What constitutes compensable ‘working time’?
The U.S. Supreme Court recently provided some clarity regarding whether employees must be compensated for select employer-mandated activities
It is generally understood that an employee must be compensated for his or her time spent working. That’s why the Fair Labor Standards Act, or FLSA, was enacted – to ensure that employees receive a fair day’s pay for a fair day’s work.
However, the question of what actually constitutes compensable “working time” under the FLSA can be confusing. For instance, does an employer need to compensate an employee for attending mandatory alcohol counseling? Is an employee entitled to wages for time spent walking through a theft-prevention security checkpoint at the end of his or her shift? Recent case law has examined these issues to determine whether such employer-mandated activities constitute compensable working time.
The FLSA establishes and sets forth the minimum wage, overtime pay, recordkeeping and child labor standards affecting full-time and part-time workers in the private sector and in federal, state and local governments. While the FLSA requires employers to pay their employees a wage for all the work that they do, recent case law suggests that not all work-related activities are compensable.
In order to determine whether an employee’s activity constitutes “work” for purposes of payment of wages or overtime under the FLSA, the activity must be both: controlled or required by the employer and pursued necessarily and primarily for the benefit of the employer and his business.
An employee’s workday consists of that period of time when the employee starts his or her “principal activity” and then ceases such principal activity or activities.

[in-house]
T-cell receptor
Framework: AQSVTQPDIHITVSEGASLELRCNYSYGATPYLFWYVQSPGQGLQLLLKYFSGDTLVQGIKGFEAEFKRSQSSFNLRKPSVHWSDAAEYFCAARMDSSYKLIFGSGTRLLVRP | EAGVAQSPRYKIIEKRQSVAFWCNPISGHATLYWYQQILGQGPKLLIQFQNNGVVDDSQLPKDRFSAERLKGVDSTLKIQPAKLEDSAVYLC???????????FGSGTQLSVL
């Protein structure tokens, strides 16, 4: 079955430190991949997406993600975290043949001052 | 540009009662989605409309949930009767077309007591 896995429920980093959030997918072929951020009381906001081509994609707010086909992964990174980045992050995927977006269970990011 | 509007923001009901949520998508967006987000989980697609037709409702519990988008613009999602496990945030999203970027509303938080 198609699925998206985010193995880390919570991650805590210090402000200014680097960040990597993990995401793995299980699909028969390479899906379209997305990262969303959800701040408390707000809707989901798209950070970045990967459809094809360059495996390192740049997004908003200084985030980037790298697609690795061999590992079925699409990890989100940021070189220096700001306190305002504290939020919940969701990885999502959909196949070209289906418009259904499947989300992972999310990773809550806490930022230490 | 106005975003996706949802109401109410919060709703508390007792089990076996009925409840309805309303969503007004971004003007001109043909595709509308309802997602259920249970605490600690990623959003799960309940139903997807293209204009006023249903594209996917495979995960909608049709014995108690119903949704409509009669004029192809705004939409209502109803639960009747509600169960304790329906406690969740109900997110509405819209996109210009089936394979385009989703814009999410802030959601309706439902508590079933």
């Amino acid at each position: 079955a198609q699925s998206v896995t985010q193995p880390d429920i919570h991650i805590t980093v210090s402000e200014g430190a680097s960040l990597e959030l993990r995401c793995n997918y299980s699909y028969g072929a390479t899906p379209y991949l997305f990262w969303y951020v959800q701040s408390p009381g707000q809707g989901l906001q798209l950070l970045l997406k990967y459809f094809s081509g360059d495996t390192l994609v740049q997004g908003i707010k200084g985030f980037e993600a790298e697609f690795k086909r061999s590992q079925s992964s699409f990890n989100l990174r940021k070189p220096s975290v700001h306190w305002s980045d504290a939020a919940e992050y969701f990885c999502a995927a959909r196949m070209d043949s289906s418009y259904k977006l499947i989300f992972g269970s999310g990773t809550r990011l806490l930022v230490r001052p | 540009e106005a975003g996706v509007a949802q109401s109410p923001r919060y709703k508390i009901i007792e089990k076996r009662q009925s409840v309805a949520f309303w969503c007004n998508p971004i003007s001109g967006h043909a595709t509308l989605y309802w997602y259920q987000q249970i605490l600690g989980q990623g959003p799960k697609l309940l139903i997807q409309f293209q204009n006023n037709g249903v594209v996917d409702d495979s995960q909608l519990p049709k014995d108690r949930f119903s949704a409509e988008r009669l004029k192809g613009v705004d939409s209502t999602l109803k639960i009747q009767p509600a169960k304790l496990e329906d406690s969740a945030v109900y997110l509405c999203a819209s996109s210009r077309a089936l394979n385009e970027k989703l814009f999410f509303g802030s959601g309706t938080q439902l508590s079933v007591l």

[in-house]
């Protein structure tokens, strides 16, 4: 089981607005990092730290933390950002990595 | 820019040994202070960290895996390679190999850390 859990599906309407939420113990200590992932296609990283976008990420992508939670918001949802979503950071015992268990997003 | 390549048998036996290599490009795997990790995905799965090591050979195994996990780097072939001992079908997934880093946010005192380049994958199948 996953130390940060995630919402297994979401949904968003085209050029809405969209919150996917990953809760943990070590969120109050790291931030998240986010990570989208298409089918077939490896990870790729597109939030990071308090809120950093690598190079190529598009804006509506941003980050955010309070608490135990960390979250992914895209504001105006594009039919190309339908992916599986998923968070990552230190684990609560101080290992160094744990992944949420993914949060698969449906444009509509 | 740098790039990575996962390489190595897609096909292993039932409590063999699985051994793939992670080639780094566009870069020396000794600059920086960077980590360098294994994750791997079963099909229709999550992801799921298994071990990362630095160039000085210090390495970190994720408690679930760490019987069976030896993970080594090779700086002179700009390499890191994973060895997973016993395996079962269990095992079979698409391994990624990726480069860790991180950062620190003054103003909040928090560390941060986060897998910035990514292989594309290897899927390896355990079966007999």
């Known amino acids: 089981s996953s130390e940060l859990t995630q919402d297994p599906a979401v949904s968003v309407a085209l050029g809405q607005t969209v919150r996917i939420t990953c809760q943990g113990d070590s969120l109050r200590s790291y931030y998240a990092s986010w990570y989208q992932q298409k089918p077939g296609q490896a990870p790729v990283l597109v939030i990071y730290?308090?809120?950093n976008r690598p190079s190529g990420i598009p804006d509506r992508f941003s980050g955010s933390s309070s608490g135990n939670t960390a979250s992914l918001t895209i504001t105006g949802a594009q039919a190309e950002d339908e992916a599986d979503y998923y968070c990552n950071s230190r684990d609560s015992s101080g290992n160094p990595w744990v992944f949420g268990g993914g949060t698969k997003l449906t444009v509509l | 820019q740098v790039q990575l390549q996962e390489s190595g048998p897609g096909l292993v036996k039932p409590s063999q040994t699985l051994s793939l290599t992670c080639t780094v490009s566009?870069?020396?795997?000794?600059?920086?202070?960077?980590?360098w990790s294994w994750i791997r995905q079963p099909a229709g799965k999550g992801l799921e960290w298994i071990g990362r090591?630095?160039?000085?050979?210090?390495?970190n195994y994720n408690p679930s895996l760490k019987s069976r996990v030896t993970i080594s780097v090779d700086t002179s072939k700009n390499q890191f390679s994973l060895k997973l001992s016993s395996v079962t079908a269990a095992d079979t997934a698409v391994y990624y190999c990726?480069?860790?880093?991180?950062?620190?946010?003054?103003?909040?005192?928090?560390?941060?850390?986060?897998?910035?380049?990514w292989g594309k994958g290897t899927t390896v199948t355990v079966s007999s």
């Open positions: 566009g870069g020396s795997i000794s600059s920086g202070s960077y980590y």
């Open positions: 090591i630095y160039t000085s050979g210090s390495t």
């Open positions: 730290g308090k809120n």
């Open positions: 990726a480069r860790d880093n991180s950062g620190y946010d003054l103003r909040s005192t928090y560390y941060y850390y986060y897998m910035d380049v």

A principal activity is one that is integral and indispensable to the productive work that an employee is employed to perform. Therefore, questions can arise regarding compensable working time if an employer mandates an employee to do something, or if an employee’s actions are tangentially connected to his or her principal activity.
The U.S. Supreme Court recently provided some clarity regarding whether employees must be compensated for select employer-mandated activities.
In Integrity Staffing Solutions v. Busk, the plaintiffs sued their employer alleging that they were not properly compensated for the time that they were required to spend passing through a security checkpoint at the conclusion of their shifts.
In a unanimous decision, the Supreme Court concluded that any time the employees spent passing through the security checkpoint was not compensable. In reaching this decision, the Supreme Court found that the security screenings were not integral and indispensable to the employees’ duties as warehouse workers.
Since the plaintiffs were hired to retrieve and package warehouse products for shipment, the time the plaintiffs spent passing through the security checkpoints to ensure that no items were taken from the warehouse was deemed a non-compensable activity.
The issue of compensable versus non-compensable working time was also addressed several weeks ago by a U.S. District Court in Gibbs v. City of New York.
The Gibbs plaintiffs argued that they were entitled to overtime compensation for their attendance at mandatory alcohol counseling and treatment sessions, which were held after regularly scheduled work hours.
Even though these counseling sessions were mandated by the employer, the court found that the plaintiffs were not entitled to compensation because the counseling sessions did not amount to work. The court found that the employees themselves, not the employer, were the primary beneficiaries of the alcohol counseling and treatment.
Furthermore, the alcohol counseling and treatment sessions were not integral and indispensable to the employees’ duties with the New York City Police Department.
As these two recent cases point out, problems and potential litigation may arise when employers fail to recognize certain time worked as compensable hours. Due to the fact-specific nature of these inquiries, compensable working time can be an area of substantial litigation and cost.
Employers should be cautious and carefully evaluate whether employer-mandated activities constitute compensable working time. It is imperative that employers evaluate these situations on a case-by-case basis and seek out legal counsel if necessary.
Furthermore, employers should periodically review their wage and hour policies to confirm that their employees are paid for all job duties which are integral and indispensable to the employees’ principal job activities.
Amy Goodridge, an attorney in the Employment Law Practice Group of McLane Law Firm, can be reached at 603-628-1323 or firstname.lastname@example.org.